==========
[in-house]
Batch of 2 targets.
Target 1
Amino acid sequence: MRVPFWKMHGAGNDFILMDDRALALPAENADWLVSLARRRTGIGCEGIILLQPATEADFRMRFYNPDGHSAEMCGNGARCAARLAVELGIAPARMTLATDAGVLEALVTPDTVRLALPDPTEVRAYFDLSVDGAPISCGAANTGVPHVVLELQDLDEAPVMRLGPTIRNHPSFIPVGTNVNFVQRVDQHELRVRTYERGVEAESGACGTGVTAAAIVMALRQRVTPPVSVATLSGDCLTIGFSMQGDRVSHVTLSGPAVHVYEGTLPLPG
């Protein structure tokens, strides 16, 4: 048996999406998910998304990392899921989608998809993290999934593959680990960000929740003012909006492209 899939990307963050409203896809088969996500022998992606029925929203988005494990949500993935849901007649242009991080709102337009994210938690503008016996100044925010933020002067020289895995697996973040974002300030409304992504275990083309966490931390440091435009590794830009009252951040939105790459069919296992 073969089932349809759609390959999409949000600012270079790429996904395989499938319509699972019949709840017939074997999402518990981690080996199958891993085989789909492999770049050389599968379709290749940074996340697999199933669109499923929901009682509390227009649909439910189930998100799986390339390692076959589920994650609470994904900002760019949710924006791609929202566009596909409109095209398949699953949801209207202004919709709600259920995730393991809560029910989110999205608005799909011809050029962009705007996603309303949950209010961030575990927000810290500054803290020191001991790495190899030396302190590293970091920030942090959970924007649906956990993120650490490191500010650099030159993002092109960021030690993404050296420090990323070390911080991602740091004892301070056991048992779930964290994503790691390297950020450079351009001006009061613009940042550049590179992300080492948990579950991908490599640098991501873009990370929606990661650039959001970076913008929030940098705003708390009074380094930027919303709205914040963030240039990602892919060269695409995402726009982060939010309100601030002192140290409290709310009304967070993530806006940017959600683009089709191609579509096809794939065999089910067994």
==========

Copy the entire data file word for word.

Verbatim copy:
[in-house]
Batch of 2 targets.
Target 1
Amino acid sequence: MRVPFWKMHGAGNDFILMDDRALALPAENADWLVSLARRRTGIGCEGIILLQPATEADFRMRFYNPDGHSAEMCGNGARCAARLAVELGIAPARMTLATDAGVLEALVTPDTVRLALPDPTEVRAYFDLSVDGAPISCGAANTGVPHVVLELQDLDEAPVMRLGPTIRNHPSFIPVGTNVNFVQRVDQHELRVRTYERGVEAESGACGTGVTAAAIVMALRQRVTPPVSVATLSGDCLTIGFSMQGDRVSHVTLSGPAVHVYEGTLPLPG
């Protein structure tokens, strides 16, 4: 048996999406998910998304990392899921989608998809993290999934593959680990960000929740003012909006492209 899939990307963050409203896809088969996500022998992606029925929203988005494990949500993935849901007649242009991080709102337009994210938690503008016996100044925010933020002067020289895995697996973040974002300030409304992504275990083309966490931390440091435009590794830009009252951040939105790459069919296992 073969089932349809759609390959999409949000600012270079790429996904395989499938319509699972019949709840017939074997999402518990981690080996199958891993085989789909492999770049050389599968379709290749940074996340697999199933669109499923929901009682509390227009649909439910189930998100799986390339390692076959589920994650609470994904900002760019949710924006791609929202566009596909409109095209398949699953949801209207202004919709709600259920995730393991809560029910989110999205608005799909011809050029962009705007996603309303949950209010961030575990927000810290500054803290020191001991790495190899030396302190590293970091920030942090959970924007649906956990993120650490490191500010650099030159993002092109960021030690993404050296420090990323070390911080991602740091004892301070056991048992779930964290994503790691390297950020450079351009001006009061613009940042550049590179992300080492948990579950991908490599640098991501873009990370929606990661650039959001970076913008929030940098705003708390009074380094930027919303709205914040963030240039990602892919060269695409995402726009982060939010309100601030002192140290409290709310009304967070993530806006940017959600683009089709191609579509096809794939065999089910067994």